Three environmental groups have joined 10 states and the District of Columbia in opposing a new agreement between Harley-Davidson and the U.S. Department of Justice that eliminates a $3 million pollution mitigation project the company previously agreed to.
[caption id="attachment_122711" align="alignright" width="334"] Harley-Davidson Inc.'s headquarters in Milwaukee.[/caption]
Harley entered into an agreement in 2016 with the DOJ and Environmental Protection Agency to pay $3 million towards a program that mitigates pollution by upgrading wood-burning stoves. The company also agreed to pay a $12 million civil penalty after it was accused of selling 340,000 tuners that could cause motorcycles to emit increased levels of pollutants. The EPA also said the company sold 12,000 motorcycles that did not undergo proper certification to meet clean air standards.
Last year, the Department of Justice moved to eliminate the $3 million mitigation program, citing a new policy from Attorney General Jeff Sessions prohibiting payments to third-parties as a part of settlements. Harley’s money would have gone to the American Lung Association of the Northeast.
Attorneys general from 10 states, the District of Columbia and the Puget Sound Clean Air Agency filed their opposition to the new agreement on Wednesday, arguing it was not in the public interest because it eliminated any mitigation project. The group also said Harley had agreed to the program and the DOJ got nothing out of dropping it.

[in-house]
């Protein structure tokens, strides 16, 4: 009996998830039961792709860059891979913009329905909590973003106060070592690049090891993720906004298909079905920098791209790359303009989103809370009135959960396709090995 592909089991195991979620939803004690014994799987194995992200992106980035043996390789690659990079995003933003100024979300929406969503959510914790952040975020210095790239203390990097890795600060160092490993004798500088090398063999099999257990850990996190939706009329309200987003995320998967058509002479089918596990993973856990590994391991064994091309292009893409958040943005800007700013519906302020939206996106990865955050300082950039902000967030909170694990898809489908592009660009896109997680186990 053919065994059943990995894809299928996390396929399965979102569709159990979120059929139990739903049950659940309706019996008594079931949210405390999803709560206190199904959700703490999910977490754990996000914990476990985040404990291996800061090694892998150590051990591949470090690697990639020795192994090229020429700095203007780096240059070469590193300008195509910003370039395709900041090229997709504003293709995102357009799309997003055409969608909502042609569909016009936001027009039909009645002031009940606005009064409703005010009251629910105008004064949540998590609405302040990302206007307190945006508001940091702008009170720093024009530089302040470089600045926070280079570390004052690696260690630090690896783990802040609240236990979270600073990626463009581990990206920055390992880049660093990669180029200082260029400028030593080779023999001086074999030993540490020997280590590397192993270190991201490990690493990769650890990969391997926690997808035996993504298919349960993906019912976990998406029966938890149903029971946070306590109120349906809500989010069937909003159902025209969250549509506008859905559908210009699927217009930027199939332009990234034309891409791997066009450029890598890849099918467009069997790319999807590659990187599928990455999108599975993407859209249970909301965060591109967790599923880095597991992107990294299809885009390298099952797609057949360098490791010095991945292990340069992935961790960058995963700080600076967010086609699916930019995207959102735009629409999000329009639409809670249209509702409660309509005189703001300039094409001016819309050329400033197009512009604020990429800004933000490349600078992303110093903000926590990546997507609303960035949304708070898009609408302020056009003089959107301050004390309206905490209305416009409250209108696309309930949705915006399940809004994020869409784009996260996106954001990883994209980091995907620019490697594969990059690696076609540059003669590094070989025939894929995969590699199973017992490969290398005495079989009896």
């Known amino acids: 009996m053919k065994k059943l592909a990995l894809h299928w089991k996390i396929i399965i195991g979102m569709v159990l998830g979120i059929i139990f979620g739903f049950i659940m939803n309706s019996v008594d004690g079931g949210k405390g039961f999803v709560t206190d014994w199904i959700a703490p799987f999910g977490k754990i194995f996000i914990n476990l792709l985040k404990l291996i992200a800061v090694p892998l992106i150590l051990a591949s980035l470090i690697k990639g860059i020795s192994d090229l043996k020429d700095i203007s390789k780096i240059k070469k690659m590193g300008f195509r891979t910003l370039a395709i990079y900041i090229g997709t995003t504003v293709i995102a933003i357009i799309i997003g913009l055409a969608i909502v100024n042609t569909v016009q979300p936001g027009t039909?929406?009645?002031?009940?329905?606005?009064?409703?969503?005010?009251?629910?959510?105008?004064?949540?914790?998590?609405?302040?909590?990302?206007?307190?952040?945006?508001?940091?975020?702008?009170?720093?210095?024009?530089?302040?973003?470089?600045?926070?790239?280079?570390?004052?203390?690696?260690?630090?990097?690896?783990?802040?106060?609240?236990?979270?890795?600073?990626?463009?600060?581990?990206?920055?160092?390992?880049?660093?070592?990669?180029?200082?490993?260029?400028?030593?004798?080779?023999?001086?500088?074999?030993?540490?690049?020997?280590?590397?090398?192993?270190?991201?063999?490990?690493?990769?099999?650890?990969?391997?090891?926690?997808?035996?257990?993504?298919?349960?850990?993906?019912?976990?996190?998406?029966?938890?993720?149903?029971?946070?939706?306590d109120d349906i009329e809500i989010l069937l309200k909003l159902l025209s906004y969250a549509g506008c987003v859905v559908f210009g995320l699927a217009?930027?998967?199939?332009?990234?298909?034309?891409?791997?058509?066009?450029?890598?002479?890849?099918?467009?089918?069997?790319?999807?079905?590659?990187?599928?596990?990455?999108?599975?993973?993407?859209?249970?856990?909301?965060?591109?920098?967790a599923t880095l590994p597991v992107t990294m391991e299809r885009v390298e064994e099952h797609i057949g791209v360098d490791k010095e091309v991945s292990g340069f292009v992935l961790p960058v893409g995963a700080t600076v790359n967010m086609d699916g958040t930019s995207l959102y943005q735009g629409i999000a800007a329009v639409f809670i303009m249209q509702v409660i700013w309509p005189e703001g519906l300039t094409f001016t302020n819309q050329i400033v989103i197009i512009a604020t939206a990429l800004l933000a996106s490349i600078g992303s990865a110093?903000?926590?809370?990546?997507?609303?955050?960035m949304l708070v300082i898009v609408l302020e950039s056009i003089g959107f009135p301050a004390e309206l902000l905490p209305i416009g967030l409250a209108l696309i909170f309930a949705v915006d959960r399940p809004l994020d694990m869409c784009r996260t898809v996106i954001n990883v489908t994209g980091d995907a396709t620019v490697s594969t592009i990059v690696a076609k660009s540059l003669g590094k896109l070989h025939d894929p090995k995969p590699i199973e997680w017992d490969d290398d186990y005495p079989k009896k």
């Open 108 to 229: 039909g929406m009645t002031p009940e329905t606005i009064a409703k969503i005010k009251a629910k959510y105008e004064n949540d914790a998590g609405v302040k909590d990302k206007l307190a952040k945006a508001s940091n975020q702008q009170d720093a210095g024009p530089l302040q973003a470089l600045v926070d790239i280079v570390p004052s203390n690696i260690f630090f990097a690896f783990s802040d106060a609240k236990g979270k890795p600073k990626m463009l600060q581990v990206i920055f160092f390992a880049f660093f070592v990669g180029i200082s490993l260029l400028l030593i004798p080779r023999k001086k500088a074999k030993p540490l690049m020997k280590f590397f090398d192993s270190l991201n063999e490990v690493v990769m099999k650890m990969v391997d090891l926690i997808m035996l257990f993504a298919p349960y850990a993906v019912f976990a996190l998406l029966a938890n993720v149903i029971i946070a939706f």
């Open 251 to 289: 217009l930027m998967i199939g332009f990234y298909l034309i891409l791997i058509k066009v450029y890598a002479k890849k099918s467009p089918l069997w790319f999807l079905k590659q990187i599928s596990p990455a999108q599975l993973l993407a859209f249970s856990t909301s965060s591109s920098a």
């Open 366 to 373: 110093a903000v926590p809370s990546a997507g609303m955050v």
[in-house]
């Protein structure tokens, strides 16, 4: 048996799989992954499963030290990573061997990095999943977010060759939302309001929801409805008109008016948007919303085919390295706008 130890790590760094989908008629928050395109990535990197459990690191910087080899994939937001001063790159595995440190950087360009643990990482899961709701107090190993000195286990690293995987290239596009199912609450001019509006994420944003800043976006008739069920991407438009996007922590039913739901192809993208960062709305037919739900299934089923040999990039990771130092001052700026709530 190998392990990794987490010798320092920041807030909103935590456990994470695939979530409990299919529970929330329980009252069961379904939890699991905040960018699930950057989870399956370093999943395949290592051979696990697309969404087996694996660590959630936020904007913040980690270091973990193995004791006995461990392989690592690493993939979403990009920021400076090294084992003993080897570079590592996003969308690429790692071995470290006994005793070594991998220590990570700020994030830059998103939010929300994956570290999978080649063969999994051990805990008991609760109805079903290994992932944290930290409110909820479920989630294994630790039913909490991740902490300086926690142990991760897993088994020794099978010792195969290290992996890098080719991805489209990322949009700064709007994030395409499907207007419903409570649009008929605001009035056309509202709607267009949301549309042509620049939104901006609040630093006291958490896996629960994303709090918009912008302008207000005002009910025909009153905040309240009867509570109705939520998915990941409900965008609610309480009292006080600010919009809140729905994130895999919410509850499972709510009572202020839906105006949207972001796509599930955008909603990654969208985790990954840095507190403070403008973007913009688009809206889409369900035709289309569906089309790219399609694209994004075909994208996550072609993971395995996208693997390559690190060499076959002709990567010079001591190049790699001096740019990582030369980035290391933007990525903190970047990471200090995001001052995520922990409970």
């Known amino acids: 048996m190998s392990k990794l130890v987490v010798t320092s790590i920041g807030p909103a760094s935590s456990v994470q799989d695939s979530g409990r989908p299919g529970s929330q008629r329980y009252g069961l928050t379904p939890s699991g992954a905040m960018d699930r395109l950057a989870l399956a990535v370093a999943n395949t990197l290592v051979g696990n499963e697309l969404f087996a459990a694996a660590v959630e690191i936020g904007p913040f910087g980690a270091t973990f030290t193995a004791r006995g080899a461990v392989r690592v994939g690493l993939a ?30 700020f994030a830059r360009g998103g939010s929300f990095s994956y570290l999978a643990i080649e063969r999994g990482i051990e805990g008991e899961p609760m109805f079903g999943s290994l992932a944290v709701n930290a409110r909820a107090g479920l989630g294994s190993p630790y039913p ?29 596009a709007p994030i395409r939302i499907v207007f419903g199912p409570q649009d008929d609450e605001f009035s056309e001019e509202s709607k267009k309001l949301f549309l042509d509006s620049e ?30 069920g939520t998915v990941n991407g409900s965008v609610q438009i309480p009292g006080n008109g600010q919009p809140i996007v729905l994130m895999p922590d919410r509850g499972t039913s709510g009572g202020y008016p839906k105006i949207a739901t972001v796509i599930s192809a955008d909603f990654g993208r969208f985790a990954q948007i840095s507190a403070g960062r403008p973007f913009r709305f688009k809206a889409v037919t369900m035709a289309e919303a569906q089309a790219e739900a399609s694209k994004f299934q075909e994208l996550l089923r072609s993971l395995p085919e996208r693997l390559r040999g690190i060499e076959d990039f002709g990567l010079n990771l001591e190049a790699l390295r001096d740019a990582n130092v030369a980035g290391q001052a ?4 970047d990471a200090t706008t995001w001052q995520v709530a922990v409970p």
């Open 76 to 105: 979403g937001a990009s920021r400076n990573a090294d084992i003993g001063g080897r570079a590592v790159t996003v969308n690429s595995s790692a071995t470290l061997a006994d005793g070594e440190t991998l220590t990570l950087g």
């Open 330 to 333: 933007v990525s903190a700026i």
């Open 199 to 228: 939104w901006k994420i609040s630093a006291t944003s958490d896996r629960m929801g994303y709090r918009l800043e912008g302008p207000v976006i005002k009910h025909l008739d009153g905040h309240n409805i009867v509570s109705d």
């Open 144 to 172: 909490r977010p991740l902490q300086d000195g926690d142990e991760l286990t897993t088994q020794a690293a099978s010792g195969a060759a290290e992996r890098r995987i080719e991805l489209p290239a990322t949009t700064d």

“The United States has provided no reasonable basis for eliminating the project and has pointed to no public benefits that accrue from eliminating the project,” Vermont attorney general Thomas Donovan Jr. wrote in the group’s filing. “In fact, the only party that benefits from the elimination of the $3 million mitigation project is the party that allegedly caused the past and ongoing harm in the first instance.”
A federal judge on Thursday accepted filings from the Sierra Club, Natural Resources Defense Counsel and Conservation Law Foundation also arguing against the new agreement.
Among other things, the environmental groups argue the new policy issued by Sessions doesn’t apply to third-party payments intended to mitigate the harm caused by the company providing the money. The NRDC and Conservation Law Foundation point to a Jan. 9 DOJ memo to Environment and Natural Resources Division attorneys that says the payments could be used in limited cases, including addressing the same kind of pollution in cases involving a mobile pollution source.
The government and Harley will have 20 business days to respond to the filings.
Asked for comment on the filings, Michael Pflughoeft, a Harley spokesman, described the original settlement as “a good faith compromise with the EPA on areas of law that we interpret differently,” but did not address any of the claims made by the states or environmental groups.